Harvest and Extract Honey

About: Fritz Bogott live in woods, write with pen, cook with fire.

Laura Saxton Heiman (among many other things co-editor of the Loomis House Press edition of the Child Ballads) allowed me to follow her around as she harvested honey this year.

There are fewer bee references in the Child Ballads than I expected.

For there was hot venison, and warden pies cold,
Cream clouted, with honey-combs plenty;
And the sarvitors they were, beside Little John,
Good yeomen at least four and twenty.
- Child Ballad 149: Robin Hood's Birth, Breeding, Valor and Marriage

I like the juxtaposition of venison and warden pies. Any time you serve game, you should also serve wardens (ideally, poached).

Step 1: Simple Harvest Farm

Laura keeps her bees at Kathy and Nick Zeman's Simple Harvest Farm.

Nick's free-range flock provides the eggs my family eats every day, and we have bought ducks and geese from Kathy for sous vide confit and duck fat roast potatoes. We're lucky to be able to buy so much of our food from friends and friends-of-friends.

Step 2: Meet the Bees

Each stack is a hive. Each box is called a super. The supers are full of hanging frames. The frames are full of comb.

The bees glue absolutely everything together with propolis, which resembles resin more than wax. You have to pry everything apart.

Step 3: Smoke

Laura says this step will generate hate mail. There is only one correct way to smoke, but no two beekeepers agree what that is. Laura's smoker is filled with straw. She lit a punk, blew it out, and dropped it in. As it happened, the bees were unusually calm even before they were smoked.

Step 4: Harvest

Laura had already removed a super full of honey earlier in the week, so this trip was mostly for show. She removed a couple of frames and brushed off the bees with a bee brush.

Step 5: Meet the Extractor

This is Laura's grandma's extractor. It works by centrifugal force. You turn the wooden handle and the cage in the middle spins around and throws honey against the sides of the pail, where it runs down and you let it out by opening the honey gate in the lower-right-hand corner.

The reason you extract honey with centrifugal force rather than by smushing the comb somehow is because you want to preserve the cell structure so you can give it back to the bees. They can repair and reuse the comb, which saves them the trouble of rebuilding it from scratch. Then they have more time and energy to make honey.

The thing up and to the right of the extractor is a bowl with a high-tech filter stretched over the top. I'll explain that after a couple of steps.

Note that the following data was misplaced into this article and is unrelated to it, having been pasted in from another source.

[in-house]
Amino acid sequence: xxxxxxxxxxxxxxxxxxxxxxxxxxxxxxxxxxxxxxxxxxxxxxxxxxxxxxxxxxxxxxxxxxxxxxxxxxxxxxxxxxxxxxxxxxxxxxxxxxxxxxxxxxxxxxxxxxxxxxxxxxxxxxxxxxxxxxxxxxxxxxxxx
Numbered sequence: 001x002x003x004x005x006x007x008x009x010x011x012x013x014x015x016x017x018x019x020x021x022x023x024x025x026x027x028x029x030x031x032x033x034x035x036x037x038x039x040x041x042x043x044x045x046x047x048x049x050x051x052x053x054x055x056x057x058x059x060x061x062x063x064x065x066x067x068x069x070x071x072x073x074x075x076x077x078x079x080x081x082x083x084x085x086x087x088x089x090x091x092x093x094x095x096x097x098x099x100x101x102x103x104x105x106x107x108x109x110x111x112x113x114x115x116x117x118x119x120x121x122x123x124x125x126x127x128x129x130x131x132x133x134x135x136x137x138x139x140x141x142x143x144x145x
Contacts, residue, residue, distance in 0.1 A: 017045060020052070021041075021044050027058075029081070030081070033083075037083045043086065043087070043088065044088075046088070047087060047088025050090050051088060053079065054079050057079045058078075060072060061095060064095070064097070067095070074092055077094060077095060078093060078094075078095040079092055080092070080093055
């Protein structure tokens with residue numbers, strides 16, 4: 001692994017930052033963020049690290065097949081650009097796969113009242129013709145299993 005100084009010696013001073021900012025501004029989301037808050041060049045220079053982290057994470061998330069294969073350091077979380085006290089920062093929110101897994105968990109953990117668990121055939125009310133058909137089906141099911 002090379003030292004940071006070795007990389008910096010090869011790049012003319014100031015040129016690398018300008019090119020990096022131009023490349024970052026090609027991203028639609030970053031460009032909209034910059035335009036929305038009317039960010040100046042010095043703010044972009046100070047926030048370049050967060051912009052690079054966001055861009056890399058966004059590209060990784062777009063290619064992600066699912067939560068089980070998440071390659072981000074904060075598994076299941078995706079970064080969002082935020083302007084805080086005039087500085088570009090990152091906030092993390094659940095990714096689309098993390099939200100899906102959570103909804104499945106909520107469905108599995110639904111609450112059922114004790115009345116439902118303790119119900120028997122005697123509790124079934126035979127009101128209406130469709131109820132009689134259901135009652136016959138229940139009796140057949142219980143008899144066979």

Step 6: De-cap

After the bees fill a honeycomb cell with honey, they put a wax cap over the top of it. Before you can extract the honey, you have to cut the caps off the cells. The picture shows Nick de-capping a frame with an electric hot knife.

Step 7: Extract

The extractor can hold two frames at a time. You spin the frames for a minute, then take the frames out and flip them around their long axis, then put them back in. Repeat until you hit the point of diminishing returns.

The flipping helps keep the comb from deforming too much.

Step 8: Filter

The high-tech honey filters are the cheapest-possible nylon stockings from Walgreens, which come packed in a gumball-machine egg.

Stretch a filter over the rim of a bowl or Mason jar and pour the honey from the extractor into the filter. The filter fills up with beeswax scraps for you to render. (Most of the wax you'll render is from de-capping, but the filters yield lots too.)

Step 9: Admire

Well done, bees.



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    11 Discussions


    Reply 8 years ago on Step 2


    I've used several kinds. They all work fine.

    mom of 3

    10 years ago on Introduction

    Great Instructable, we use a small piece of burlap, along with straw for the smoker. Do you use the preprinted type of frame or do you use the wax type? We are going to try them both to see if there is a difference in our honey production. The Backward Bee keeping group thinks the "paint stick" way is better, healthier bees and more honey production. What do you think?

    (their site)

    1 reply
    fritz.bogottmom of 3

    Reply 10 years ago on Introduction

    When I made this Instructable I didn't have bees of my own. I took the University of Minnesota's "Beekeeping in Northern Climates" class in March and started two colonies of Minnesota Hygienic bees in April. I have been able to handle them without any smoke, so though I have a smoker I don't have any experience with it. I'm using wooden frames with Duragilt foundation, but only because that's similar to what we discussed in class. My sister-in-law likes to eat honey on the comb, so I'll probably build a couple of wire-and-wax supers next summer. Laura uses plastic frames with built-in foundation.


    10 years ago on Introduction

    Great ible. I might get bees sometime when I get money for them and ya this would save me alot of time and money for getting honey.

    rc jedi

    10 years ago on Introduction

    Very good instructable. Nice pics, not too complicated descriptions. I kept bees too. They are fascinating creatures.


    10 years ago on Introduction

    My grandfather used to raise bees. Good to see the art is alive and well today.

    *bonus* My Grandfather used to say that if you eat the honeycomb of a local hive, you will be less likely to get hay fevers and allergies in the next year. I don't know of any medical or scientific proof, but it worked for me.

    2 replies

    Reply 10 years ago on Introduction

    Great job! I'm probably getting bees sometime in the next 5 years. The hay fever thing is because the honey (and the honeycomb) has small bits of pollen and is made from the local flowers of the area. It helps your body get used to the local flowers. (like a flu shot with pollen)